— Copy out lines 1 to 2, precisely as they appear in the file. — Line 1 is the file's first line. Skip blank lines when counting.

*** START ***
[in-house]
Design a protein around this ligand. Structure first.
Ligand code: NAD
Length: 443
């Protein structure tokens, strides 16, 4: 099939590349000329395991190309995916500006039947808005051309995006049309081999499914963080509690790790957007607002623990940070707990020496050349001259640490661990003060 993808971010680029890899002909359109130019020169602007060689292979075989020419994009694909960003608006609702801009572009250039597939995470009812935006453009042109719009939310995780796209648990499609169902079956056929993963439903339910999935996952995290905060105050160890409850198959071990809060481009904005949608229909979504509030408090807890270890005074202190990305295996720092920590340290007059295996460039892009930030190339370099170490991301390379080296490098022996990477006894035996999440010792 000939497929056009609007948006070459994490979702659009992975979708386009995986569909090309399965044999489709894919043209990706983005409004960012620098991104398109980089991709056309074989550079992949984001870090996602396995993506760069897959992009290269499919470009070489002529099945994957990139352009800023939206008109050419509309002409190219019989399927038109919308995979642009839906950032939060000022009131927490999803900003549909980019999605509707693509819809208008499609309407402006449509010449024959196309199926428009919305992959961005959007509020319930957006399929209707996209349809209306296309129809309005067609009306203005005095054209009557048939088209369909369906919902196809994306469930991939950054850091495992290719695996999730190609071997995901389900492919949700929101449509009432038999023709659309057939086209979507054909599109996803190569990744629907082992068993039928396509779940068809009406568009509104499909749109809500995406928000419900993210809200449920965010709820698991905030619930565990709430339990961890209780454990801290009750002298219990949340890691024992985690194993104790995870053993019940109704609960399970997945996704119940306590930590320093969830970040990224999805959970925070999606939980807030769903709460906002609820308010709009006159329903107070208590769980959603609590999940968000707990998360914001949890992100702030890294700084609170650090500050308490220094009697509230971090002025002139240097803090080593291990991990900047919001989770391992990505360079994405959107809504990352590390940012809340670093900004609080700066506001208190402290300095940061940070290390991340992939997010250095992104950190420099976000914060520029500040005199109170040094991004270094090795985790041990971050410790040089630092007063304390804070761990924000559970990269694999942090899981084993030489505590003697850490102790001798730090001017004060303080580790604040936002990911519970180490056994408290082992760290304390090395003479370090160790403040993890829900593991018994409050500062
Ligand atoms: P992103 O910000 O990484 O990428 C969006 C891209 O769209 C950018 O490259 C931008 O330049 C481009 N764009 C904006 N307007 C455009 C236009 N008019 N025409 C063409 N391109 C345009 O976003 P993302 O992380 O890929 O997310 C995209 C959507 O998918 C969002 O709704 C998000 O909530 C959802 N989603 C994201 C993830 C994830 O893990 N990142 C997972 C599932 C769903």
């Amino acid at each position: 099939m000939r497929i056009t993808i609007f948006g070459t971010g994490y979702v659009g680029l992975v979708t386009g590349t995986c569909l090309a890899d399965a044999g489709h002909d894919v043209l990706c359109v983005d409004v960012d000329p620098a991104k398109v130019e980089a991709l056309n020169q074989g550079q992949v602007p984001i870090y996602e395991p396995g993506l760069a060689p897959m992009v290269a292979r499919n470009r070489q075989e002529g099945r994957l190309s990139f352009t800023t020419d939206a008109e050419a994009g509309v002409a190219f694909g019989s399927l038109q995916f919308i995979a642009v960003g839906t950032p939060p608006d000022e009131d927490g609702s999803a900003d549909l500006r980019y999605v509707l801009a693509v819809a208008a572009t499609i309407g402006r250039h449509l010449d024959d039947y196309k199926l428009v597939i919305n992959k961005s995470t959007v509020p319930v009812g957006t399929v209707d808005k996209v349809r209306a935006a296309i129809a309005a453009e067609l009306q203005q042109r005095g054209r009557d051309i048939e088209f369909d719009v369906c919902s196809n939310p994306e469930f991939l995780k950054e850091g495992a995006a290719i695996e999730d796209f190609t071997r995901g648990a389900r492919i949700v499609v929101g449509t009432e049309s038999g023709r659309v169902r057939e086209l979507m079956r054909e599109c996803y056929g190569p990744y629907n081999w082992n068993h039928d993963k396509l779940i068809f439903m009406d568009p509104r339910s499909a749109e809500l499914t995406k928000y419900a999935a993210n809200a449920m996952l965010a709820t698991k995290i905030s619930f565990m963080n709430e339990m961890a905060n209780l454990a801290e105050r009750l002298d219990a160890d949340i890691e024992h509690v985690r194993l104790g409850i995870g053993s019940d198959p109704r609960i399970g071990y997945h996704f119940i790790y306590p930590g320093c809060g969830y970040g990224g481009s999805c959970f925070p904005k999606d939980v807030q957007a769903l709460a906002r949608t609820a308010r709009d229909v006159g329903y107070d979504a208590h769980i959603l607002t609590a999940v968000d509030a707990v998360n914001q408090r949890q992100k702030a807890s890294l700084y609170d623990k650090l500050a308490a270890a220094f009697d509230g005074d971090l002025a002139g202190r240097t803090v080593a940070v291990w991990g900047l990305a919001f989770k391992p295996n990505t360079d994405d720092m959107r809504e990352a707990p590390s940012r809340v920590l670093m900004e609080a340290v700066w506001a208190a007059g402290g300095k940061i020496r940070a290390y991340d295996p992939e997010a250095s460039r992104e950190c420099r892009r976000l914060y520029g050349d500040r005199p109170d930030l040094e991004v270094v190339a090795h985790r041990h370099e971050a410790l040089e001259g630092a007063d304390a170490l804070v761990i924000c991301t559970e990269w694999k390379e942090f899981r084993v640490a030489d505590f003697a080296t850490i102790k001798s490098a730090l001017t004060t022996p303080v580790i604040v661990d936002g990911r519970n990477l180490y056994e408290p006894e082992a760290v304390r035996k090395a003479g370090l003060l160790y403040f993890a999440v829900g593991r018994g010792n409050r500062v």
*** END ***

[in-house]
Design a protein around this ligand. Structure first.